Every 8th March, is a day set aside to appreciate, commend and see the possibility of giving equal opportunity to all include baby girl, girl, spinster married and divorced women.
To us at Gobroadsheet, we believe and support any course, fair enough to allow women reach their potentials in life whether in their gender role, careerwise or polity.
According to the UN, the first National Woman’s Day was observed in the United States on 28 February in honour of the 1908 garment workers’ strike in New York, where women protested against working conditions.
In 1910, the Socialist International, meeting in Copenhagen, established a Women’s Day, to honour the movement for women’s rights and to build support for achieving universal suffrage for women, this expanded to also be a chance for women to protest World War I in 1913 and 1914.
In 1917, women in Russia held their “Bread and Peace” protest on the last Sunday in February (8 March). Four days later, the Czar abdicated and the provisional Government granted women the right to vote.
Since that time, women, a good number of them around the world, have proved and still showing their worth in business, family, kingdoms, environment, politics and what have you – the list is just too numerous to mention.
As such, considering this year’s theme which centres around better opportunity for women – Balance for better to be precise, it behooves on all of us to create and maintain a platform where gender issues and opportunity will be a balance one.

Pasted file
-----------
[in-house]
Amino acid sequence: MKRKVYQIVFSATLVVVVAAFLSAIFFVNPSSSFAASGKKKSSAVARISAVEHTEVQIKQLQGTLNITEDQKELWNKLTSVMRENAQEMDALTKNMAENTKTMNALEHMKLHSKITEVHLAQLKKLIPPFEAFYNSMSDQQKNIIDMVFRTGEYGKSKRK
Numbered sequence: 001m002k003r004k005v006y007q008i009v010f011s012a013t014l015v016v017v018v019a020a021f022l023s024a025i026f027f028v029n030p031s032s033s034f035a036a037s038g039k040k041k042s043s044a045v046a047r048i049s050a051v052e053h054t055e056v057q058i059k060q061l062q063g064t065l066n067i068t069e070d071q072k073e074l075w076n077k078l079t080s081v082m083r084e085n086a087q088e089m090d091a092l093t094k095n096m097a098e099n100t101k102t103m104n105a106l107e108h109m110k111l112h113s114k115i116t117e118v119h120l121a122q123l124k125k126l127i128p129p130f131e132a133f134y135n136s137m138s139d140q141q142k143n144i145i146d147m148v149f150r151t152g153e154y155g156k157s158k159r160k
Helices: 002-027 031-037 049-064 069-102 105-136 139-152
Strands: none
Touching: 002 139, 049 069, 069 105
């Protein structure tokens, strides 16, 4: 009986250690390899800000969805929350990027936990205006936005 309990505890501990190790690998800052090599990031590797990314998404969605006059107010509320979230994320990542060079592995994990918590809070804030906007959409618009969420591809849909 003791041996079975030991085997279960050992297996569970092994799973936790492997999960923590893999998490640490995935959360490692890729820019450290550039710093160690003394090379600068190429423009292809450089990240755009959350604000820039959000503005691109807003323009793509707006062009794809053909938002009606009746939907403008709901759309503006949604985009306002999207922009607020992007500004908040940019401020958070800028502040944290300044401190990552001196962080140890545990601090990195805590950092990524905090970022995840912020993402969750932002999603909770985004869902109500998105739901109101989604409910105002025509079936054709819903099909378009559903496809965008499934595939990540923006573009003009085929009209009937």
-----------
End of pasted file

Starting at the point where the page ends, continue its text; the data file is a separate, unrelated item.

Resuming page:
As we commemorate this year’s IWD, Africa leaders – executives, legislatures, judiciaries, must defreeze all laws, policies, traditions, beliefs, thoughts, assumptions etc which tend to limit what a woman can do among them.
Society – family, religious institutions, educational institutions, civil society, pressure groups among others, should rise to the need for women to live a meaningful life and contribute to socio-economy development of Nigeria.
Women themselves should not succumb to the societal harmful practices and myth when they have the opportunity not to. They should know that, if others can break great frontiers, then, there should be no limitations to what they can do and height they can attain.
We commend all organisations and establishments such as United Nations Children Fund (UNICEF) Nigeria Urban Reproductive Health Initiative (NURHI), Development Communications (Devcoms) Network, Health4All Media Initiative (HAMI), Africa Media Development Foundation (AMDF) among others, for their role in pressing for improved healthcare services in Nigeria.
To this end, we say no to avoidable deaths around childbirth. Federal and state government should earmark agreed (Abuja declaration 2014) 15 percent of their budgets to health sector so that, more women can have access to qualify health services thereby reducing the current high mortality rate in our dear country – Nigeria.
God Bless Our Women.